Keep an eye on the fuel level if you leave it running, you top up the fuel in the generator room on the top floor.

Looking out the window:

That pool is not for swimming, that is the “core outer vessel” just a paddling pool for the reactor to sit in. if you let the reactor get too hot, this pool will boil off! Top it up with the “Core outer vessel coolant flow control” switch on the “cooling circuit” panel, switch it to “LOAD” to fill the pool.

Up on the back wall are three tanks, from left to right:

  • Yellow with a spinning top is the circulation pump for the core loop.
  • Big silver tank is the steam generator.
  • Smaller grey tank with yellow pipes is the pressuriser.

Thats about all you need to run the plant safely.

Oh yeah! This guy:

Best thing to do is send him off to play dominoes in the turbine hall, or “preventative maintenance analysis” as he likes to call it. he will come back in a couple of hours with a list of pumps you have damaged, just send him off again.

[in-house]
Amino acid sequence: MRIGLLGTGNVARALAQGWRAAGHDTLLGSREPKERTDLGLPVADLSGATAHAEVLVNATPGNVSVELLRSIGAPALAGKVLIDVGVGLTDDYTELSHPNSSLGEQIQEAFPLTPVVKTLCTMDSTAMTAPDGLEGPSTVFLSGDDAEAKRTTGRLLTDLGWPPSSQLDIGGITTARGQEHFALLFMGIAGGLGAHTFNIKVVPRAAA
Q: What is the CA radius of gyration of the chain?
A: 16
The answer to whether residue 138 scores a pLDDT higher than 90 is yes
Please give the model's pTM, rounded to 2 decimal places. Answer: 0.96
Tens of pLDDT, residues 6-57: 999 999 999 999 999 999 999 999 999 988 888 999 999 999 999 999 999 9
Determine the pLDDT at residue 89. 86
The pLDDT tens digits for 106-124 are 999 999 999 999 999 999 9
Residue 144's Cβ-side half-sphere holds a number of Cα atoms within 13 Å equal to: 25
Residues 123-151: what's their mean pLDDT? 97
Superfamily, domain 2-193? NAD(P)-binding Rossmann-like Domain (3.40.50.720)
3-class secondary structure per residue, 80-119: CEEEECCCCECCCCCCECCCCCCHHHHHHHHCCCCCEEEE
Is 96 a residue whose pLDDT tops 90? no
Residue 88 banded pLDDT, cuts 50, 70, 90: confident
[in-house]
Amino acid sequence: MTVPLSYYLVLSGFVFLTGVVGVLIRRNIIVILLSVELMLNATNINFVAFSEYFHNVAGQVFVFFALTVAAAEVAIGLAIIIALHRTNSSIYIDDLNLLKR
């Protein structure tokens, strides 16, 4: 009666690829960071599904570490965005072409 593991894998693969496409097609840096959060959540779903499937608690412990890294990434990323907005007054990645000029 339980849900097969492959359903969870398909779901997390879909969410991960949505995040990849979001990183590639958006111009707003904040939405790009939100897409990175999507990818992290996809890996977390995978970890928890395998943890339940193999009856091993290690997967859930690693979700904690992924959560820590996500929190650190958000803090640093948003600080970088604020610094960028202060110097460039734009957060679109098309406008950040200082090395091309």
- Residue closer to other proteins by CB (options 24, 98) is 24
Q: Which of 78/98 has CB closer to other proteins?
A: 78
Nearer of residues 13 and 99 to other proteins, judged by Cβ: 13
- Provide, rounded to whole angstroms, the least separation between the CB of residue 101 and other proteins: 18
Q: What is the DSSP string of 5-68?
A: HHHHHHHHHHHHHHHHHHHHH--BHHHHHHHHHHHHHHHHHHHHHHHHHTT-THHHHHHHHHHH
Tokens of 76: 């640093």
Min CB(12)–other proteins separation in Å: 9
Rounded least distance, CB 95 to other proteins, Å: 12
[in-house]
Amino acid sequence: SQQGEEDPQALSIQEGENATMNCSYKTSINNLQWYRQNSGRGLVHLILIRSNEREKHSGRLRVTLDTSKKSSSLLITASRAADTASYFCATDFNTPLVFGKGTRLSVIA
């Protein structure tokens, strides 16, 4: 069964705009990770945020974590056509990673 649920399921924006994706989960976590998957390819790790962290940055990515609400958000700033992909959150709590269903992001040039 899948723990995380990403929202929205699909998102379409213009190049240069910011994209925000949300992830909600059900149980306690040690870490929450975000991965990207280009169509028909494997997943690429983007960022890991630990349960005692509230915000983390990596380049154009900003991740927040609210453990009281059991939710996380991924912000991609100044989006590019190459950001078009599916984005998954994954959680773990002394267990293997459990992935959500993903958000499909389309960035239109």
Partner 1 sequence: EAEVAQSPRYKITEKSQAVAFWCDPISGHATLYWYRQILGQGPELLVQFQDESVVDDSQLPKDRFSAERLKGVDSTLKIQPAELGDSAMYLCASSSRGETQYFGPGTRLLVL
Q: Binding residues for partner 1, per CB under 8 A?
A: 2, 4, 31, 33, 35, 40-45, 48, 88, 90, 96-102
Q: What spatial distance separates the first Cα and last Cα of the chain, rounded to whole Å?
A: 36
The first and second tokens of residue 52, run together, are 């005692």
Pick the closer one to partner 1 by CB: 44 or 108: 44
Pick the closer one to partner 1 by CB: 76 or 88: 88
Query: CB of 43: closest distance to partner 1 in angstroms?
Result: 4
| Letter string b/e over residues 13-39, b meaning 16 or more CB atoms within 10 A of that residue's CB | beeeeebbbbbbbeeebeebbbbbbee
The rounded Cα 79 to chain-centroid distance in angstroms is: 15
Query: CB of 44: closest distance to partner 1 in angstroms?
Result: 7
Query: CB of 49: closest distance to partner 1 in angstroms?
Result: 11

Bring the Station Online

First things first, turn on all the instrumentation panels using the activation switches:

Start COOLANT FLOW PUMP 03 and order MEDIUM speed:


Switch on the pressuriser heater, leave it on FULL HEAT:

Set the control rods to 95%:

Watch the pressuriser guages, wait for the pressure to get up to about 125 bar then switch off the heater:

Insert the fuel block into the core:

Straight away you will be able to see the core temperature coming up:

When the core temperature reaches 100C start CONDENSER FLOW PUMP 03 and order MEDIUM speed:

Check the Pressuriser and switch the heaters on LOW if the pressure is low: